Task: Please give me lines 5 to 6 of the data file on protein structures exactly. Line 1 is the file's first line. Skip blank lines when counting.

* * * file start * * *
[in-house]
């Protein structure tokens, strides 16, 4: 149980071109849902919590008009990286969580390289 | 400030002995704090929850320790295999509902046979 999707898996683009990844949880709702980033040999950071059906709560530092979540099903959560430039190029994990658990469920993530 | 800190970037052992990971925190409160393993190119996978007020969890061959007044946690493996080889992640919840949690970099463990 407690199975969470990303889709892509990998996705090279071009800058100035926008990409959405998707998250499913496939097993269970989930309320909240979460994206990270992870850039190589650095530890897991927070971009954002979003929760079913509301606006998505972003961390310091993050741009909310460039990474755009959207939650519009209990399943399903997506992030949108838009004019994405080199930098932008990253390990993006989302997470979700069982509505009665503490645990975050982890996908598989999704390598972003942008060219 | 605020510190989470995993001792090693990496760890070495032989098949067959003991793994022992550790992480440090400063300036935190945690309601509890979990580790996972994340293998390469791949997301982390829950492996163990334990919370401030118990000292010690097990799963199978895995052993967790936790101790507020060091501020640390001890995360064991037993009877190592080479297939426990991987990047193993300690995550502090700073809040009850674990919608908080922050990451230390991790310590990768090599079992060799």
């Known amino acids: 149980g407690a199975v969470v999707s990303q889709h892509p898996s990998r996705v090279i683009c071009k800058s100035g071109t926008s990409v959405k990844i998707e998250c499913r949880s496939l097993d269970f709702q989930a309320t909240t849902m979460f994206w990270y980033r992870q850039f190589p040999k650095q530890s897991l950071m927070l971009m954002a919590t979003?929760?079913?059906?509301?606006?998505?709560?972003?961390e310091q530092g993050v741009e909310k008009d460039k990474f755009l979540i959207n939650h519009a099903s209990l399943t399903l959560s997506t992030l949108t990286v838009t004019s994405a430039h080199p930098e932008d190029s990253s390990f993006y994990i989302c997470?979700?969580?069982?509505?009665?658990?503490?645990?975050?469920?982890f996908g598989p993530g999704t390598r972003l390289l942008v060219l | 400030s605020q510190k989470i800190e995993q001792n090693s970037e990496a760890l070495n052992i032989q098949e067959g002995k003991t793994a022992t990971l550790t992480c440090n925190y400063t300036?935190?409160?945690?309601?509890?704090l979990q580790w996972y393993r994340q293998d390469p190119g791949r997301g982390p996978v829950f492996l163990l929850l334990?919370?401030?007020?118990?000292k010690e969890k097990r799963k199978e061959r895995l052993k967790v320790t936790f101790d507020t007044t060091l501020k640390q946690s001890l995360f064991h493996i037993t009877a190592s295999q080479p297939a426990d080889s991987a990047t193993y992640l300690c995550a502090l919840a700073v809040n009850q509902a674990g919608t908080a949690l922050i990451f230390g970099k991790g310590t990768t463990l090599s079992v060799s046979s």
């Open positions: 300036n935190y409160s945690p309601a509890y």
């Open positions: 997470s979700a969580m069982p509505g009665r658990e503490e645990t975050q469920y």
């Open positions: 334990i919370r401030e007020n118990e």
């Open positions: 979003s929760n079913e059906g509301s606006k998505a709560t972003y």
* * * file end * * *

């Open positions: 997470s979700a969580m069982p509505g009665r658990e503490e645990t975050q469920y």
């Open positions: 334990i919370r401030e007020n118990e």